According to the National Institute of Dental and Craniofacial Research, about 80 percent of adults have some form of gum disease.
And about 90 percent of those who have it, have no idea they do, says Dr. James A. Wells, who runs South Charlotte Dentistry. “If your arm started bleeding, you’d do something about it. You’d go to the doctor. You’d want to know what’s going on. Yet so many people tell us their gums bleed every time they brush and they just don’t think anything’s wrong.”
Here are 10 important things to know about gum disease:
- People who brush and floss at least twice a day and have regular cleanings in the dentist’s office are at little risk for gum disease.
- Mouths are full of bacteria, which along with mucus and other particles, forms plaque, a sticky build-up on teeth. You can only remove so much plaque by brushing and flossing. As plaque builds up, it becomes tartar, and only professional cleaning will remove tartar.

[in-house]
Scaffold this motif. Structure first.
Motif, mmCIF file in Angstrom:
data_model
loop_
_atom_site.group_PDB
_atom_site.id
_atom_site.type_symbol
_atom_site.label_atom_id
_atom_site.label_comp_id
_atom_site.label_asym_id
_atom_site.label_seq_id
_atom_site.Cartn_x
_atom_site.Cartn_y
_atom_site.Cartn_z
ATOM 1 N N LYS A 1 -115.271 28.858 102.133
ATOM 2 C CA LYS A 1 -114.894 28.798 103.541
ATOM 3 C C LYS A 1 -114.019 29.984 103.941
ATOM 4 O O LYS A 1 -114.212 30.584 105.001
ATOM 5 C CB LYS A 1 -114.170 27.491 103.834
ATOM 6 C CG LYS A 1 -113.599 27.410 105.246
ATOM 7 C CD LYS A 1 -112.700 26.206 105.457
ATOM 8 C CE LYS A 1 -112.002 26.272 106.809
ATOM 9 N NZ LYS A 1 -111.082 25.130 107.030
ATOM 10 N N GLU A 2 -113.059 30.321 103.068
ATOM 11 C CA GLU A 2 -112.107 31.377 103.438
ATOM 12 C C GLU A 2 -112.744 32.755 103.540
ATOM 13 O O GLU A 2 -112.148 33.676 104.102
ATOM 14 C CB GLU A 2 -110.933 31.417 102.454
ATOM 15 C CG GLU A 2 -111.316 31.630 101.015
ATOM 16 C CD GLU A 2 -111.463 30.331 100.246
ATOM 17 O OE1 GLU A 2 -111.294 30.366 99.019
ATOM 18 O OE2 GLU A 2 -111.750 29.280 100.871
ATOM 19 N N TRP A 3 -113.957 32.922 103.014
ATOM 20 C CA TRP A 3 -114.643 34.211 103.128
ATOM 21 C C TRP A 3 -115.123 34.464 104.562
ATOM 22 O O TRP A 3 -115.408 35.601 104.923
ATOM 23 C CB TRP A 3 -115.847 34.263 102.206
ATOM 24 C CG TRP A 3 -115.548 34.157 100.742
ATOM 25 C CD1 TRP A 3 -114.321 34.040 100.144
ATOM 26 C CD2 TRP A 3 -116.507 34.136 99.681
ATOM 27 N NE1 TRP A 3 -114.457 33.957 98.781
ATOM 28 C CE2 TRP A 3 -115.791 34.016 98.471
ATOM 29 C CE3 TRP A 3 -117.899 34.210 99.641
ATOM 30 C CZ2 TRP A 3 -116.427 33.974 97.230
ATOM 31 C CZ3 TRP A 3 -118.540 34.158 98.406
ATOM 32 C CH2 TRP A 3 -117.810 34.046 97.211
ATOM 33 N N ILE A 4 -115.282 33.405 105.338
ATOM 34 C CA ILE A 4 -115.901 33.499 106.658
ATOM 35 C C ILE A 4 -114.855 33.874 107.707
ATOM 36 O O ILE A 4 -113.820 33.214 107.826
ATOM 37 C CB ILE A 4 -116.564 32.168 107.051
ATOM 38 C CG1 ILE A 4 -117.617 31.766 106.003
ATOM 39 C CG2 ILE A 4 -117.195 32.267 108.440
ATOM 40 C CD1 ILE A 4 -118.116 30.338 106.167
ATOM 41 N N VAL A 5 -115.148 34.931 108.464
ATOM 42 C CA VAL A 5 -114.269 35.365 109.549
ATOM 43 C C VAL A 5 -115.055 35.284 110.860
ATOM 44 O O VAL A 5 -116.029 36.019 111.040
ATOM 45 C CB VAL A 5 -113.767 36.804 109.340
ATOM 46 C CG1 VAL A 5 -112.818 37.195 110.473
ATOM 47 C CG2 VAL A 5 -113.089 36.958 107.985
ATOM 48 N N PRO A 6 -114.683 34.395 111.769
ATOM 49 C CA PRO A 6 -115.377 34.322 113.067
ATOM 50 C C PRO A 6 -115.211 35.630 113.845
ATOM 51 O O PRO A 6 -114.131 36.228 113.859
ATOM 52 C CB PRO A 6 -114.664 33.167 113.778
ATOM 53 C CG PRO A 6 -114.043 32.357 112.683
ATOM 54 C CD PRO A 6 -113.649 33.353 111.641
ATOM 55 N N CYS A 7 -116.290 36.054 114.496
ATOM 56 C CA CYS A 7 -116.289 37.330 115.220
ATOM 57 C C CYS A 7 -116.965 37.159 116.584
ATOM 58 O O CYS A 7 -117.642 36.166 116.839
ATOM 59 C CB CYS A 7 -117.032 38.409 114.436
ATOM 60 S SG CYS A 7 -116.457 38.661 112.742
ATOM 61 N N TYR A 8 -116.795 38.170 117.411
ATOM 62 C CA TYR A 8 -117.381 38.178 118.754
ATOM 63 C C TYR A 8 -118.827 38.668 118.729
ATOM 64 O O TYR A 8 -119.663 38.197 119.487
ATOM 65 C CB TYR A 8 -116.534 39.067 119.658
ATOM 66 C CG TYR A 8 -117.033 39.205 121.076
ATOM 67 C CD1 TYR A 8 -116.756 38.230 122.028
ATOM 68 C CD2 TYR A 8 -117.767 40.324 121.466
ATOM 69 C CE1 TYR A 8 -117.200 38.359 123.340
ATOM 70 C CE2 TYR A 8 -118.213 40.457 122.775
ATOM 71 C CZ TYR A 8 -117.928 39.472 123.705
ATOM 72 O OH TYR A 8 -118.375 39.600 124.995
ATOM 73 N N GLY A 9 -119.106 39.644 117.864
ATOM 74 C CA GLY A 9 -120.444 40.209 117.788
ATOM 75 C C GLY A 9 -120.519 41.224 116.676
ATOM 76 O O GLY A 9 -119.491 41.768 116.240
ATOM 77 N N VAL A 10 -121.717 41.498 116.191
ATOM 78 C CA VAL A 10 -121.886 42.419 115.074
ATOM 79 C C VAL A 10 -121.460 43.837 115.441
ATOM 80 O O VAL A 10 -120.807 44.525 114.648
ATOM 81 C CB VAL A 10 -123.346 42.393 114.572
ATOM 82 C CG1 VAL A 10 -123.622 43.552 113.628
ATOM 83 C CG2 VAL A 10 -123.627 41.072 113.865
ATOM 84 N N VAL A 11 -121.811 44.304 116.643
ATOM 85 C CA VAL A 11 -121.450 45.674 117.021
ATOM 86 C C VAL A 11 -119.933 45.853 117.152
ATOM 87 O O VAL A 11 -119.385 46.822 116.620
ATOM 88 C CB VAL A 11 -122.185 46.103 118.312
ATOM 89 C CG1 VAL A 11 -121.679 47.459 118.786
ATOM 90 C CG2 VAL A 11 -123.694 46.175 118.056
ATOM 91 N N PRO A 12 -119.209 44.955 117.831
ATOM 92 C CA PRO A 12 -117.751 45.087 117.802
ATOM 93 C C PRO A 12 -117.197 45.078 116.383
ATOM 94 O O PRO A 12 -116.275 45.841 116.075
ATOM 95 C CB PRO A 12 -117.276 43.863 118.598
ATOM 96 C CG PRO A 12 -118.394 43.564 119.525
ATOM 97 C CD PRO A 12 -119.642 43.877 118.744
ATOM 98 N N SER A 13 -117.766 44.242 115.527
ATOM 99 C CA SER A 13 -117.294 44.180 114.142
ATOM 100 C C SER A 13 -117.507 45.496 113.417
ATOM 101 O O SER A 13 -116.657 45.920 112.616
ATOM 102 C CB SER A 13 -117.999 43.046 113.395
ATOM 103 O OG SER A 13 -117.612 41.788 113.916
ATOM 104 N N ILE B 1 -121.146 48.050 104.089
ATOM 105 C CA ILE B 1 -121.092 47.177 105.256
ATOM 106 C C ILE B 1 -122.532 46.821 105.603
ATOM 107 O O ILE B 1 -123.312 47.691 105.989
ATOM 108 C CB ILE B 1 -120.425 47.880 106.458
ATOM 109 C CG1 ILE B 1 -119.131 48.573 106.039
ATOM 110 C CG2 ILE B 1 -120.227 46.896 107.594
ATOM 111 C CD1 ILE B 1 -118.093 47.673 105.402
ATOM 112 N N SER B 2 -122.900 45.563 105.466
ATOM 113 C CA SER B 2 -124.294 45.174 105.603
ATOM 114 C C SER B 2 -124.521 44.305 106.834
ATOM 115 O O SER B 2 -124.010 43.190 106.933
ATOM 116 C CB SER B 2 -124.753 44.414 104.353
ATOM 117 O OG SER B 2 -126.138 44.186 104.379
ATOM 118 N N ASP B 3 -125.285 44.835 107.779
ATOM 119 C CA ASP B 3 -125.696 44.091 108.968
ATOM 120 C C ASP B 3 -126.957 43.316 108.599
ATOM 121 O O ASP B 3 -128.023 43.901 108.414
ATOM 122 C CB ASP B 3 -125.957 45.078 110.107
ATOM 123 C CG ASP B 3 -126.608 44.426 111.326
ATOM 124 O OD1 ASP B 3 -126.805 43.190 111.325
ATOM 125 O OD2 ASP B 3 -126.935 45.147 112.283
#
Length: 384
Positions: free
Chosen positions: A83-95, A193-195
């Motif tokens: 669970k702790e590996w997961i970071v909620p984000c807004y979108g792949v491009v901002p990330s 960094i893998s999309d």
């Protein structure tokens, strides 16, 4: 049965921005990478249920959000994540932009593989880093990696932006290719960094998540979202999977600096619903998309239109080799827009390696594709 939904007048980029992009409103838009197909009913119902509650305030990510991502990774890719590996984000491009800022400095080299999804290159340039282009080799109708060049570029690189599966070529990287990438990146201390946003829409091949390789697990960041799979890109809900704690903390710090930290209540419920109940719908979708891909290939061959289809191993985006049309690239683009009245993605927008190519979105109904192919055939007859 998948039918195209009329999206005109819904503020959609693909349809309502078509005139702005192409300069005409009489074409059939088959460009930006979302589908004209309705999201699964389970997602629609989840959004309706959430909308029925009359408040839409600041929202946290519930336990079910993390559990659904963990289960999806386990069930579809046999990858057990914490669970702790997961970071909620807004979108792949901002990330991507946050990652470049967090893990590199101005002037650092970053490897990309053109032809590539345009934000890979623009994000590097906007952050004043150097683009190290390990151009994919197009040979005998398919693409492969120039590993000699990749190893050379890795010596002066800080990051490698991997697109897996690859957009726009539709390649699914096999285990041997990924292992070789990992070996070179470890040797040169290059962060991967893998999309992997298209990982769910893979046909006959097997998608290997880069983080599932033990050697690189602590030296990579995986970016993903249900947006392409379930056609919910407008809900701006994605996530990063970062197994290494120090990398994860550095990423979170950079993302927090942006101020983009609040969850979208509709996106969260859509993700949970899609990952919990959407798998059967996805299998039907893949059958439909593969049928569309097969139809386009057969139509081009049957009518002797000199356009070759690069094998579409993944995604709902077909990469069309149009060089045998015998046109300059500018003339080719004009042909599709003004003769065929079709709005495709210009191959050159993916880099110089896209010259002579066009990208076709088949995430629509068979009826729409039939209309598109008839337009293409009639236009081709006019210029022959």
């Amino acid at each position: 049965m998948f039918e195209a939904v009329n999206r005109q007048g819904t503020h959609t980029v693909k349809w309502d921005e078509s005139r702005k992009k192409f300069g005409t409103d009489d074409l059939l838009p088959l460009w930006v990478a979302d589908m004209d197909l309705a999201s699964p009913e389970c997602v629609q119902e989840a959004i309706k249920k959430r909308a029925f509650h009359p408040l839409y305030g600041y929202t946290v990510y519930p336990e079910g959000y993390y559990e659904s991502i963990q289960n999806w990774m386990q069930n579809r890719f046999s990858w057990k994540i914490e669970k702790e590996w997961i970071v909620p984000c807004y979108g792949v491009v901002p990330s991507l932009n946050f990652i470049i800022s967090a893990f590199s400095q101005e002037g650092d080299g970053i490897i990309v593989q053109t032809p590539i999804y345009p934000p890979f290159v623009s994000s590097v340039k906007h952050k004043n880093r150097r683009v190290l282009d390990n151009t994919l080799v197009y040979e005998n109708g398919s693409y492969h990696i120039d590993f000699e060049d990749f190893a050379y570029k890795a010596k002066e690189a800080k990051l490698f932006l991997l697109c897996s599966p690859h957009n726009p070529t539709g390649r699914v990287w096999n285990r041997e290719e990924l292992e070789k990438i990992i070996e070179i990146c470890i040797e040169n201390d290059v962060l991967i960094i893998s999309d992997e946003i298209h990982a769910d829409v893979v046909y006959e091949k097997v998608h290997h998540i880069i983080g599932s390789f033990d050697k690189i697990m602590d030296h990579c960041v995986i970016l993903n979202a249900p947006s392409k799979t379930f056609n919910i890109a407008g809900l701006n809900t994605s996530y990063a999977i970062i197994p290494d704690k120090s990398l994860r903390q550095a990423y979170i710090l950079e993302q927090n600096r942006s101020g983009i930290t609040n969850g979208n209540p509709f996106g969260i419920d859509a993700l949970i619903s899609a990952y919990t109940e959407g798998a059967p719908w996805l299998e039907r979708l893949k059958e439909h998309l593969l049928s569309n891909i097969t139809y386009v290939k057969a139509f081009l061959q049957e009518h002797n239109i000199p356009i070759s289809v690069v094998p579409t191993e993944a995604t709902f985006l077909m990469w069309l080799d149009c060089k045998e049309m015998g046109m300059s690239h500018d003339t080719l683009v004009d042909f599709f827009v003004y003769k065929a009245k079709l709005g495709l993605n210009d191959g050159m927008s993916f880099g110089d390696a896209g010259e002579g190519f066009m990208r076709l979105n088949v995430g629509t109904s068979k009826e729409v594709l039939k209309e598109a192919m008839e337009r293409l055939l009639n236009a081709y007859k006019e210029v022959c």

- Gum disease starts with red, puffy gums that bleed when teeth are brushed or flossed. With early detection, this condition, which is called gingivitis, can successfully be treated.
- Left untreated, gingivitis can turn to peridonitis, a serious disease that is expensive to treat and affects not only teeth and gums, but causes tissue and gum loss as well.
- Gum disease can cause teeth to fall out.
- Grinding or clenching teeth, tobacco use, certain medications and heredity are factors in gum disease.
- Signs of gum disease include red, puffy gums, chronic bad breath, tooth loss and tooth sensitivity.
- Gum disease isn’t just limited to seniors. It can show up in patients who are in their late 20s.
- Gum disease doesn’t only affect teeth. It’s been linked to coronary artery disease, diabetes and strokes, among other health issues.
- Men are more susceptible to gum disease than women.